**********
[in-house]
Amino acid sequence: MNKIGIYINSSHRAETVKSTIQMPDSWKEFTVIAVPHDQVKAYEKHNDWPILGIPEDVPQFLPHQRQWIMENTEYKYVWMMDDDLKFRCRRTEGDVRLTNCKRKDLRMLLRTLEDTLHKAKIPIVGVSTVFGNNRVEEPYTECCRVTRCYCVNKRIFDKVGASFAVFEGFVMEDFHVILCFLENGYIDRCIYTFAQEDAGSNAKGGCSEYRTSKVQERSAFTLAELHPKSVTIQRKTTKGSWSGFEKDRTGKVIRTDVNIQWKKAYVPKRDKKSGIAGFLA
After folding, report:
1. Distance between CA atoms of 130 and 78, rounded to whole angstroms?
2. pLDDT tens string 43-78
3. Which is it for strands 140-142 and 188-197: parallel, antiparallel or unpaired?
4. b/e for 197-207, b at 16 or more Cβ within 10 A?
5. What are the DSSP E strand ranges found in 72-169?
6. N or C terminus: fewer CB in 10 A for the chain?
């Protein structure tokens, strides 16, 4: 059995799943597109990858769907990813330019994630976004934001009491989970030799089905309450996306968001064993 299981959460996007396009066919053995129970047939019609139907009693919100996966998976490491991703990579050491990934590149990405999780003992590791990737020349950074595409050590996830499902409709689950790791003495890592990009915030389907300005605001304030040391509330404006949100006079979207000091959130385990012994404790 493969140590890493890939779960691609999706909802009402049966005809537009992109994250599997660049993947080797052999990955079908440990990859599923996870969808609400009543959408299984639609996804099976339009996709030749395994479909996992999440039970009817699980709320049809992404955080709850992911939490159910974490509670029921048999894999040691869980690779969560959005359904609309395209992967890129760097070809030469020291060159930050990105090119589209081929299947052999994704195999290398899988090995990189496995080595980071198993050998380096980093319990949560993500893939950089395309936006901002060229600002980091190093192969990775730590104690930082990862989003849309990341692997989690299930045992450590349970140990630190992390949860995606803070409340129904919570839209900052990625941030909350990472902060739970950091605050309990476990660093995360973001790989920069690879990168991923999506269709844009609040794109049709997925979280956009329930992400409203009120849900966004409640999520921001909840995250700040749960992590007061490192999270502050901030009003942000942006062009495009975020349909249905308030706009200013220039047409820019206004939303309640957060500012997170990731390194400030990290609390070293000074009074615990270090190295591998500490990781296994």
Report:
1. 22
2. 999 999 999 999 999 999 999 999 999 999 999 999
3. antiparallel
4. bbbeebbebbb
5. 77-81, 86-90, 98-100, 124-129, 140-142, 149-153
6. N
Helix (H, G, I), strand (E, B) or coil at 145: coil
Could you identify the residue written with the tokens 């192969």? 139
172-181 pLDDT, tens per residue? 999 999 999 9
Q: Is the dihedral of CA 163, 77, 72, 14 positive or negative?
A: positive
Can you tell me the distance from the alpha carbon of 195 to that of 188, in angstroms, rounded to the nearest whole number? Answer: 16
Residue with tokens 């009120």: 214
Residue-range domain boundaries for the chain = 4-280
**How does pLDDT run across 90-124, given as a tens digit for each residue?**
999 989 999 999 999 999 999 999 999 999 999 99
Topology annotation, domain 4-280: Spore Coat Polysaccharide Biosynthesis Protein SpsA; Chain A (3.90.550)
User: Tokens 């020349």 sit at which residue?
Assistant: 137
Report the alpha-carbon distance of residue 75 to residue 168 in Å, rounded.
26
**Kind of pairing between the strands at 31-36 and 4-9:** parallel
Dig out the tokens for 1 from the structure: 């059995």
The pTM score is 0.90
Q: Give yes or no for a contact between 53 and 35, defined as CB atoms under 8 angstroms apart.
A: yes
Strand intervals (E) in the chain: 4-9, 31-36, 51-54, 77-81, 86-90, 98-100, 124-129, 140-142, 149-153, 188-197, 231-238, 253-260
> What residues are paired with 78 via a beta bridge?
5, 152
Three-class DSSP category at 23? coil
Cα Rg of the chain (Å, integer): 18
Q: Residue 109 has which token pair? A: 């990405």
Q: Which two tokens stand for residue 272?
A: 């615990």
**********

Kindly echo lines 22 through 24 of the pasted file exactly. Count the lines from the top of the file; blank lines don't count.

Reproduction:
A: positive
Can you tell me the distance from the alpha carbon of 195 to that of 188, in angstroms, rounded to the nearest whole number? Answer: 16
Residue with tokens 């009120």: 214